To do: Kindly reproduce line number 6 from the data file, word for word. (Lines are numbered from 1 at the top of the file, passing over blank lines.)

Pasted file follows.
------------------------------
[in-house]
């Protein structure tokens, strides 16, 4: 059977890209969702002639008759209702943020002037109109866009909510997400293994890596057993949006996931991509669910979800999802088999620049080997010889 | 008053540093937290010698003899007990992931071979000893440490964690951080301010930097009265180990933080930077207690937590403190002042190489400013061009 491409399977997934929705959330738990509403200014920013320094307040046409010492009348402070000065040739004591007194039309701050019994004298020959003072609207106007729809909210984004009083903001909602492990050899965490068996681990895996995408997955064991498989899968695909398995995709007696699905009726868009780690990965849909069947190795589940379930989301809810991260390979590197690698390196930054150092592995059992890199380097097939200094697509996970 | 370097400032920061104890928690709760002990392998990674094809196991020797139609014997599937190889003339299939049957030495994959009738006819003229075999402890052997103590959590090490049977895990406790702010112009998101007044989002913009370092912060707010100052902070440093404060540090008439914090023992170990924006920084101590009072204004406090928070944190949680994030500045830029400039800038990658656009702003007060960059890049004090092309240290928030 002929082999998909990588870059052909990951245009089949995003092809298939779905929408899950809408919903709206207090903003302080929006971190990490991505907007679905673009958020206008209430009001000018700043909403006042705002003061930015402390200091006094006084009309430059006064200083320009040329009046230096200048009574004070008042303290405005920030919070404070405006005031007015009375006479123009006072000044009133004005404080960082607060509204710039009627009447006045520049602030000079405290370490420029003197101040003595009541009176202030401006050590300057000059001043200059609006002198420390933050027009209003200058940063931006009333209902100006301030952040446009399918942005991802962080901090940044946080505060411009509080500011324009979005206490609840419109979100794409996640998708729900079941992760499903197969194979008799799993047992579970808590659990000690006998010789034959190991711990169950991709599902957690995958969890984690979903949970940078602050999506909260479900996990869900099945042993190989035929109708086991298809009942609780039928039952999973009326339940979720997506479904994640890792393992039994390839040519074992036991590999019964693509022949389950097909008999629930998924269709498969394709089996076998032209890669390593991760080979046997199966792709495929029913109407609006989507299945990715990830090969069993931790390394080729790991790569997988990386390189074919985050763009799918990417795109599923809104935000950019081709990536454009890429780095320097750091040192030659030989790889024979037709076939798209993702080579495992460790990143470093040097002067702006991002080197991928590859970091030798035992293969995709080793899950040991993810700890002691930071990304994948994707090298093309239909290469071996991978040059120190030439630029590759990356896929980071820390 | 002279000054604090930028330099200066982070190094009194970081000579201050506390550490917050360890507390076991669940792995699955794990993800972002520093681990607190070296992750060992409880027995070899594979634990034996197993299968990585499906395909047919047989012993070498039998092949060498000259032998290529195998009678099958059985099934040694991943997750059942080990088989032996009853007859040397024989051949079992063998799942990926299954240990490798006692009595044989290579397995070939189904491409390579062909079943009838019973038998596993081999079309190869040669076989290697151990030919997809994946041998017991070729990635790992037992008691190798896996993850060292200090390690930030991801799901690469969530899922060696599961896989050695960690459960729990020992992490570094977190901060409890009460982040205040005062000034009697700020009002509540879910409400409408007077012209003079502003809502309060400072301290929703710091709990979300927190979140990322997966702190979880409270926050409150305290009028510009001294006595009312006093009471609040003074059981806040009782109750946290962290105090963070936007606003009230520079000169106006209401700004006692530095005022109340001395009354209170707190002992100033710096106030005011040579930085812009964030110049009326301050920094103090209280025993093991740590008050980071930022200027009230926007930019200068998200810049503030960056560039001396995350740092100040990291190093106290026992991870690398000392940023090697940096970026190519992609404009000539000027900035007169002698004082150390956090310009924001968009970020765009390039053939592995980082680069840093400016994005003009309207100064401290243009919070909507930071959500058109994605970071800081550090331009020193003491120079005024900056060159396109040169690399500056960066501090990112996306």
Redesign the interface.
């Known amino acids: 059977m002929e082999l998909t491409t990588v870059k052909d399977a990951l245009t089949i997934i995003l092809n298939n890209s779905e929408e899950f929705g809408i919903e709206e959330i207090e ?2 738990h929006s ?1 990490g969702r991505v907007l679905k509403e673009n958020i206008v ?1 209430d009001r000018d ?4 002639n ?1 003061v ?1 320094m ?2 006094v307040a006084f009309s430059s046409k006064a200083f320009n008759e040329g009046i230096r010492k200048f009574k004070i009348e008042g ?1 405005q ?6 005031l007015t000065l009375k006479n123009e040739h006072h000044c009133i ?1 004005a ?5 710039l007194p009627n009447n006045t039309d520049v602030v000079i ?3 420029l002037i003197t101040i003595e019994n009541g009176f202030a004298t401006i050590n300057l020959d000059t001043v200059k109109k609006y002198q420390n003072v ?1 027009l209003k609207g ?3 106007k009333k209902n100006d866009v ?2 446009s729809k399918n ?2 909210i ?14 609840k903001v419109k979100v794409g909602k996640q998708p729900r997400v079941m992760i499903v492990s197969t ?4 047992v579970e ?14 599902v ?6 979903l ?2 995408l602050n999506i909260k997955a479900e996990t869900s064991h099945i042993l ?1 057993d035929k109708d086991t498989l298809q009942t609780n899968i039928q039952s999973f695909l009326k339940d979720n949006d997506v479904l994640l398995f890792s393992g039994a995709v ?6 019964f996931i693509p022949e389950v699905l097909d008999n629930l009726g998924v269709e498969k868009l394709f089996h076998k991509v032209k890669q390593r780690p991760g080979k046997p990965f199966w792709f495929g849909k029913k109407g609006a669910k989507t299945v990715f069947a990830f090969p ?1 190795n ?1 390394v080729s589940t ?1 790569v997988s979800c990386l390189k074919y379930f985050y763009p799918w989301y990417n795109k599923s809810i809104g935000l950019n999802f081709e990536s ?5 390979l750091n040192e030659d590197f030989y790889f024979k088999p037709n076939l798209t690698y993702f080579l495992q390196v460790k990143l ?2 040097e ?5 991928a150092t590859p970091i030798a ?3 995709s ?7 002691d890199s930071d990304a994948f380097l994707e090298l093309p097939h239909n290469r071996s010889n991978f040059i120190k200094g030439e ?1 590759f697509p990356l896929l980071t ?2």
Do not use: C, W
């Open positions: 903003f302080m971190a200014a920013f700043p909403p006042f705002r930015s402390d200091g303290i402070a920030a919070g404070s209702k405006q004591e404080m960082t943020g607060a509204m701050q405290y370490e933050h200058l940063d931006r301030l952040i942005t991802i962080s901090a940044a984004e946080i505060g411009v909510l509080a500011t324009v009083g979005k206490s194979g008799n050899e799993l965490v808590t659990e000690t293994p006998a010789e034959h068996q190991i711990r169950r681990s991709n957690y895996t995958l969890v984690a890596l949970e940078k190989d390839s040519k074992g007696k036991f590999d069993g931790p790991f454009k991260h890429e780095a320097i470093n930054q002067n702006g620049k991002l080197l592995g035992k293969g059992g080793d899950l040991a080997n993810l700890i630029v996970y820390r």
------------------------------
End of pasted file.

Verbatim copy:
């Open positions: 903003f302080m971190a200014a920013f700043p909403p006042f705002r930015s402390d200091g303290i402070a920030a919070g404070s209702k405006q004591e404080m960082t943020g607060a509204m701050q405290y370490e933050h200058l940063d931006r301030l952040i942005t991802i962080s901090a940044a984004e946080i505060g411009v909510l509080a500011t324009v009083g979005k206490s194979g008799n050899e799993l965490v808590t659990e000690t293994p006998a010789e034959h068996q190991i711990r169950r681990s991709n957690y895996t995958l969890v984690a890596l949970e940078k190989d390839s040519k074992g007696k036991f590999d069993g931790p790991f454009k991260h890429e780095a320097i470093n930054q002067n702006g620049k991002l080197l592995g035992k293969g059992g080793d899950l040991a080997n993810l700890i630029v996970y820390r």